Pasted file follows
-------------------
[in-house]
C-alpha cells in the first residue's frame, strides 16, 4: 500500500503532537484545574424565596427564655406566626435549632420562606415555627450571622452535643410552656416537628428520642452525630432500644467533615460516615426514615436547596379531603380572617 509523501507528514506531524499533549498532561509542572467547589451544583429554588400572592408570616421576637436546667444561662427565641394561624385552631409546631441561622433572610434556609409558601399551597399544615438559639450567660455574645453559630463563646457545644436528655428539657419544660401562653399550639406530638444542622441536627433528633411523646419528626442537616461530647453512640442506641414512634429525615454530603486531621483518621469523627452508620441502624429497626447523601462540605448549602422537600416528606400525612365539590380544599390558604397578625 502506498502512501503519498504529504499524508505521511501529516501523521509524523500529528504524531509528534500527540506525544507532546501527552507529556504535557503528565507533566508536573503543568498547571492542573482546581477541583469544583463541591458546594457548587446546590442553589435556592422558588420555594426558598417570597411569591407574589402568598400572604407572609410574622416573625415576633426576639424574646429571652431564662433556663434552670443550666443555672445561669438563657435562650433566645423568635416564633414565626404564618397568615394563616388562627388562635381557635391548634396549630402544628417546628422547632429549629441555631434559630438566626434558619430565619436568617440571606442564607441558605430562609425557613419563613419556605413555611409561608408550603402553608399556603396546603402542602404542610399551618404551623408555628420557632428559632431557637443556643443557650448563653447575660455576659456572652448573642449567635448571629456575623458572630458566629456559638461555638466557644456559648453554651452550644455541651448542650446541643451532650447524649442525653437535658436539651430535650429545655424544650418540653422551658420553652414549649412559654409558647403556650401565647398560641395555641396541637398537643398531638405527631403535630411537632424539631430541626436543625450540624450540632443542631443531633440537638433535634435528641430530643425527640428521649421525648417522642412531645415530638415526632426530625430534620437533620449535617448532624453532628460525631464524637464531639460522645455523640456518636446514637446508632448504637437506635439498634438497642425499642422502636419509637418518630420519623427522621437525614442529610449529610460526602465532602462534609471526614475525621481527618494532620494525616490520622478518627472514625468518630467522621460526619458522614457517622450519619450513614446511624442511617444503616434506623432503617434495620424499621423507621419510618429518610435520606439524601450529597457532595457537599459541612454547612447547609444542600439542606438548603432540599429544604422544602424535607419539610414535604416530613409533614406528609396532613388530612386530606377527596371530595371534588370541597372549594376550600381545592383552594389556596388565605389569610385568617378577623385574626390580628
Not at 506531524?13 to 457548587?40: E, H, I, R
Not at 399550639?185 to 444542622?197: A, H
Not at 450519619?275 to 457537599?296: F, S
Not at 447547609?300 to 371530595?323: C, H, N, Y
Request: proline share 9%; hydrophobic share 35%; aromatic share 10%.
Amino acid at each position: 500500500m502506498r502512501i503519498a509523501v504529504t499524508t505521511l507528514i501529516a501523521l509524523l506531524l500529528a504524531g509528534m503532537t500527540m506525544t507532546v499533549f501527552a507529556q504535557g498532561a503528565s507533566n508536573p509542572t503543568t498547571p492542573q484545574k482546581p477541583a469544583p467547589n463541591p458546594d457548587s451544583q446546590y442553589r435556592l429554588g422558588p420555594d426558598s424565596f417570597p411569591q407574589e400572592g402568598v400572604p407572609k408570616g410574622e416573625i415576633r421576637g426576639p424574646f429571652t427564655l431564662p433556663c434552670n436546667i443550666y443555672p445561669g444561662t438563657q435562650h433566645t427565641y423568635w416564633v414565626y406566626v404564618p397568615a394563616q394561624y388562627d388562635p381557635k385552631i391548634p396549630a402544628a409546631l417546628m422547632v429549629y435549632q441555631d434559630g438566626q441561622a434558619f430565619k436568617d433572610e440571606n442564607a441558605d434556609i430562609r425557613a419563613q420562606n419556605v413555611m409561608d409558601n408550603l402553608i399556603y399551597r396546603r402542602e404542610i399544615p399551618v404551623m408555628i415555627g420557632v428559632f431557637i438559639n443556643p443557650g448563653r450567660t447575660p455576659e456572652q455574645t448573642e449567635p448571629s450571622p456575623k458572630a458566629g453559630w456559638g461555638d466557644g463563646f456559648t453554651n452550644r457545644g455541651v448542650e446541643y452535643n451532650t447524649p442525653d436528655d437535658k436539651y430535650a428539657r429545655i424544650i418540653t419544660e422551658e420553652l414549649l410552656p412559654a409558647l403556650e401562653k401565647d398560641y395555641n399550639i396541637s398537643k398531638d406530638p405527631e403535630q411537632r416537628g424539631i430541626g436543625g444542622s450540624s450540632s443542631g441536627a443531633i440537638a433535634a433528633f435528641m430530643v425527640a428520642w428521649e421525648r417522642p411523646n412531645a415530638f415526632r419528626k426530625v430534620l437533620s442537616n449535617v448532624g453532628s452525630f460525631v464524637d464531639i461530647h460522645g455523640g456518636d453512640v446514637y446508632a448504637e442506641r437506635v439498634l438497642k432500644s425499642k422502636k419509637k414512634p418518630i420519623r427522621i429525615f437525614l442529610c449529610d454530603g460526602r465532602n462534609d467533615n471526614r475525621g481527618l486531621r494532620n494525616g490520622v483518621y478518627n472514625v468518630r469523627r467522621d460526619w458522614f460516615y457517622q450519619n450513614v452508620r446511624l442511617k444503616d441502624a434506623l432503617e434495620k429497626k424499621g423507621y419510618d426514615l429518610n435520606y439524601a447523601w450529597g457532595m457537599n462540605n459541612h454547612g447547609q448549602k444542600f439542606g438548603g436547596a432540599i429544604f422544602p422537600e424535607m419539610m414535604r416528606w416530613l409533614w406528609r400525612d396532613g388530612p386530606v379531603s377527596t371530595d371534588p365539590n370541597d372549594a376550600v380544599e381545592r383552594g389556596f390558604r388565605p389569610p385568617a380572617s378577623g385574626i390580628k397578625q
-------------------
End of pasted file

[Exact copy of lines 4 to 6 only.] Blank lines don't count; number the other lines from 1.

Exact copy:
Not at 399550639?185 to 444542622?197: A, H
Not at 450519619?275 to 457537599?296: F, S
Not at 447547609?300 to 371530595?323: C, H, N, Y